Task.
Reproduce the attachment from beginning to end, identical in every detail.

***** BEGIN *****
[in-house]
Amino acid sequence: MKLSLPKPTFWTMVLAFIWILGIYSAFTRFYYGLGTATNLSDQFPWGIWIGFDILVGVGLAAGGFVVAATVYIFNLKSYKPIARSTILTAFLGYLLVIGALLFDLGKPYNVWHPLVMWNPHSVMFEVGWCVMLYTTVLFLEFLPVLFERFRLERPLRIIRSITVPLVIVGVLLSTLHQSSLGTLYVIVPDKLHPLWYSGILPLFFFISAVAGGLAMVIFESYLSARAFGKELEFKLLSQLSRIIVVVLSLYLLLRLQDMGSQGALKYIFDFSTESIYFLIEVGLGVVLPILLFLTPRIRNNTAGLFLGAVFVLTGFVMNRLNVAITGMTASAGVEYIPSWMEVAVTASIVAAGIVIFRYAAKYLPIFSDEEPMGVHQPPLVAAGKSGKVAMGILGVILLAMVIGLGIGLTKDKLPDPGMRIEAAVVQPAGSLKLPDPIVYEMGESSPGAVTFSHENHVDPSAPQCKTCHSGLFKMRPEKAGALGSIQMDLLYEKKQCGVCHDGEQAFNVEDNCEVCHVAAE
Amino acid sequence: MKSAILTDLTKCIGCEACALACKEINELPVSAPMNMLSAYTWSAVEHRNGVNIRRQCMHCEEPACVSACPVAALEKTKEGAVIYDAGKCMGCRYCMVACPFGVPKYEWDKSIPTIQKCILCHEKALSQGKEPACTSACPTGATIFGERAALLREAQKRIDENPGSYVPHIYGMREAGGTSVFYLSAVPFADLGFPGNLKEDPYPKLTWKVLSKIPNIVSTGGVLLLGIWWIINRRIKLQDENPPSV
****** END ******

[in-house]
Amino acid sequence: MKLSLPKPTFWTMVLAFIWILGIYSAFTRFYYGLGTATNLSDQFPWGIWIGFDILVGVGLAAGGFVVAATVYIFNLKSYKPIARSTILTAFLGYLLVIGALLFDLGKPYNVWHPLVMWNPHSVMFEVGWCVMLYTTVLFLEFLPVLFERFRLERPLRIIRSITVPLVIVGVLLSTLHQSSLGTLYVIVPDKLHPLWYSGILPLFFFISAVAGGLAMVIFESYLSARAFGKELEFKLLSQLSRIIVVVLSLYLLLRLQDMGSQGALKYIFDFSTESIYFLIEVGLGVVLPILLFLTPRIRNNTAGLFLGAVFVLTGFVMNRLNVAITGMTASAGVEYIPSWMEVAVTASIVAAGIVIFRYAAKYLPIFSDEEPMGVHQPPLVAAGKSGKVAMGILGVILLAMVIGLGIGLTKDKLPDPGMRIEAAVVQPAGSLKLPDPIVYEMGESSPGAVTFSHENHVDPSAPQCKTCHSGLFKMRPEKAGALGSIQMDLLYEKKQCGVCHDGEQAFNVEDNCEVCHVAAE
Amino acid sequence: MKSAILTDLTKCIGCEACALACKEINELPVSAPMNMLSAYTWSAVEHRNGVNIRRQCMHCEEPACVSACPVAALEKTKEGAVIYDAGKCMGCRYCMVACPFGVPKYEWDKSIPTIQKCILCHEKALSQGKEPACTSACPTGATIFGERAALLREAQKRIDENPGSYVPHIYGMREAGGTSVFYLSAVPFADLGFPGNLKEDPYPKLTWKVLSKIPNIVSTGGVLLLGIWWIINRRIKLQDENPPSV